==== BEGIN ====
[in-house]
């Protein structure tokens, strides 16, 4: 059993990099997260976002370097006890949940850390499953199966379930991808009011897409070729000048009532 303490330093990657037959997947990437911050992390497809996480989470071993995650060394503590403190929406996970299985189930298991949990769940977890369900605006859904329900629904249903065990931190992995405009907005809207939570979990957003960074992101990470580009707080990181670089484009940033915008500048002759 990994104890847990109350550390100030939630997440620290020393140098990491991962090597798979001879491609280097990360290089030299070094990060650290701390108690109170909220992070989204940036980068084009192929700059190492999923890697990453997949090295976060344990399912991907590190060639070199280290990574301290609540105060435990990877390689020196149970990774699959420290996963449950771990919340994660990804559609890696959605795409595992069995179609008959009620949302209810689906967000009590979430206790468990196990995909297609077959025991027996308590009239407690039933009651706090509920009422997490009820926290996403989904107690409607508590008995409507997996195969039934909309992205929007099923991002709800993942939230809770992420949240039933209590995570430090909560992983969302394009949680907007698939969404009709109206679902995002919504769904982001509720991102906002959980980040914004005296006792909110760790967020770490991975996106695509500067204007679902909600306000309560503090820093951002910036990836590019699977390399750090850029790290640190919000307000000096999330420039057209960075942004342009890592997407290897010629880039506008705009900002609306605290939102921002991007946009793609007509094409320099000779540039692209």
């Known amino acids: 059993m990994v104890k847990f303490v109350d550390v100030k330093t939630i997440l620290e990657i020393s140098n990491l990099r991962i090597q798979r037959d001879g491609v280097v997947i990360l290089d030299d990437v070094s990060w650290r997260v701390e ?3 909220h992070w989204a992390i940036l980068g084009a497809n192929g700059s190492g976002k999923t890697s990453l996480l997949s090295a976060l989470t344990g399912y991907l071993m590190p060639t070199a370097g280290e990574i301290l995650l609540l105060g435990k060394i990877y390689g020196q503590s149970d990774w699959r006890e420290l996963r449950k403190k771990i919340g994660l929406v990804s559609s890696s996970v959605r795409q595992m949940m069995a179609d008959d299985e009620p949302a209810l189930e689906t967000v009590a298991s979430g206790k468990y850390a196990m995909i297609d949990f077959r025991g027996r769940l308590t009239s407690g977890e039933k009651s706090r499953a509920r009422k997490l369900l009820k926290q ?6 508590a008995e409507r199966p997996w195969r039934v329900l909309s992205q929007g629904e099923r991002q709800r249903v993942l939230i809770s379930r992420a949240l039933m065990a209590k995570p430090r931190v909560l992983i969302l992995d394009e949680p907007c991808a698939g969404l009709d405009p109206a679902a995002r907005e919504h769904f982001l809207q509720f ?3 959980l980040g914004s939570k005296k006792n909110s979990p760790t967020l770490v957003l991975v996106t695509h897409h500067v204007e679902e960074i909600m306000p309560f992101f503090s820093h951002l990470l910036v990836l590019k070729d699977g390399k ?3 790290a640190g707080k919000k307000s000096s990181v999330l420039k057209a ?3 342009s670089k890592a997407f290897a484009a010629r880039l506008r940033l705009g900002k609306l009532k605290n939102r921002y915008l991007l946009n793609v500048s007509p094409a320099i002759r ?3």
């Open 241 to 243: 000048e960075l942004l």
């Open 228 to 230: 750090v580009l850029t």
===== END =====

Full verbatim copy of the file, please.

[in-house]
């Protein structure tokens, strides 16, 4: 059993990099997260976002370097006890949940850390499953199966379930991808009011897409070729000048009532 303490330093990657037959997947990437911050992390497809996480989470071993995650060394503590403190929406996970299985189930298991949990769940977890369900605006859904329900629904249903065990931190992995405009907005809207939570979990957003960074992101990470580009707080990181670089484009940033915008500048002759 990994104890847990109350550390100030939630997440620290020393140098990491991962090597798979001879491609280097990360290089030299070094990060650290701390108690109170909220992070989204940036980068084009192929700059190492999923890697990453997949090295976060344990399912991907590190060639070199280290990574301290609540105060435990990877390689020196149970990774699959420290996963449950771990919340994660990804559609890696959605795409595992069995179609008959009620949302209810689906967000009590979430206790468990196990995909297609077959025991027996308590009239407690039933009651706090509920009422997490009820926290996403989904107690409607508590008995409507997996195969039934909309992205929007099923991002709800993942939230809770992420949240039933209590995570430090909560992983969302394009949680907007698939969404009709109206679902995002919504769904982001509720991102906002959980980040914004005296006792909110760790967020770490991975996106695509500067204007679902909600306000309560503090820093951002910036990836590019699977390399750090850029790290640190919000307000000096999330420039057209960075942004342009890592997407290897010629880039506008705009900002609306605290939102921002991007946009793609007509094409320099000779540039692209």
């Known amino acids: 059993m990994v104890k847990f303490v109350d550390v100030k330093t939630i997440l620290e990657i020393s140098n990491l990099r991962i090597q798979r037959d001879g491609v280097v997947i990360l290089d030299d990437v070094s990060w650290r997260v701390e ?3 909220h992070w989204a992390i940036l980068g084009a497809n192929g700059s190492g976002k999923t890697s990453l996480l997949s090295a976060l989470t344990g399912y991907l071993m590190p060639t070199a370097g280290e990574i301290l995650l609540l105060g435990k060394i990877y390689g020196q503590s149970d990774w699959r006890e420290l996963r449950k403190k771990i919340g994660l929406v990804s559609s890696s996970v959605r795409q595992m949940m069995a179609d008959d299985e009620p949302a209810l189930e689906t967000v009590a298991s979430g206790k468990y850390a196990m995909i297609d949990f077959r025991g027996r769940l308590t009239s407690g977890e039933k009651s706090r499953a509920r009422k997490l369900l009820k926290q ?6 508590a008995e409507r199966p997996w195969r039934v329900l909309s992205q929007g629904e099923r991002q709800r249903v993942l939230i809770s379930r992420a949240l039933m065990a209590k995570p430090r931190v909560l992983i969302l992995d394009e949680p907007c991808a698939g969404l009709d405009p109206a679902a995002r907005e919504h769904f982001l809207q509720f ?3 959980l980040g914004s939570k005296k006792n909110s979990p760790t967020l770490v957003l991975v996106t695509h897409h500067v204007e679902e960074i909600m306000p309560f992101f503090s820093h951002l990470l910036v990836l590019k070729d699977g390399k ?3 790290a640190g707080k919000k307000s000096s990181v999330l420039k057209a ?3 342009s670089k890592a997407f290897a484009a010629r880039l506008r940033l705009g900002k609306l009532k605290n939102r921002y915008l991007l946009n793609v500048s007509p094409a320099i002759r ?3």
């Open 241 to 243: 000048e960075l942004l």
């Open 228 to 230: 750090v580009l850029t």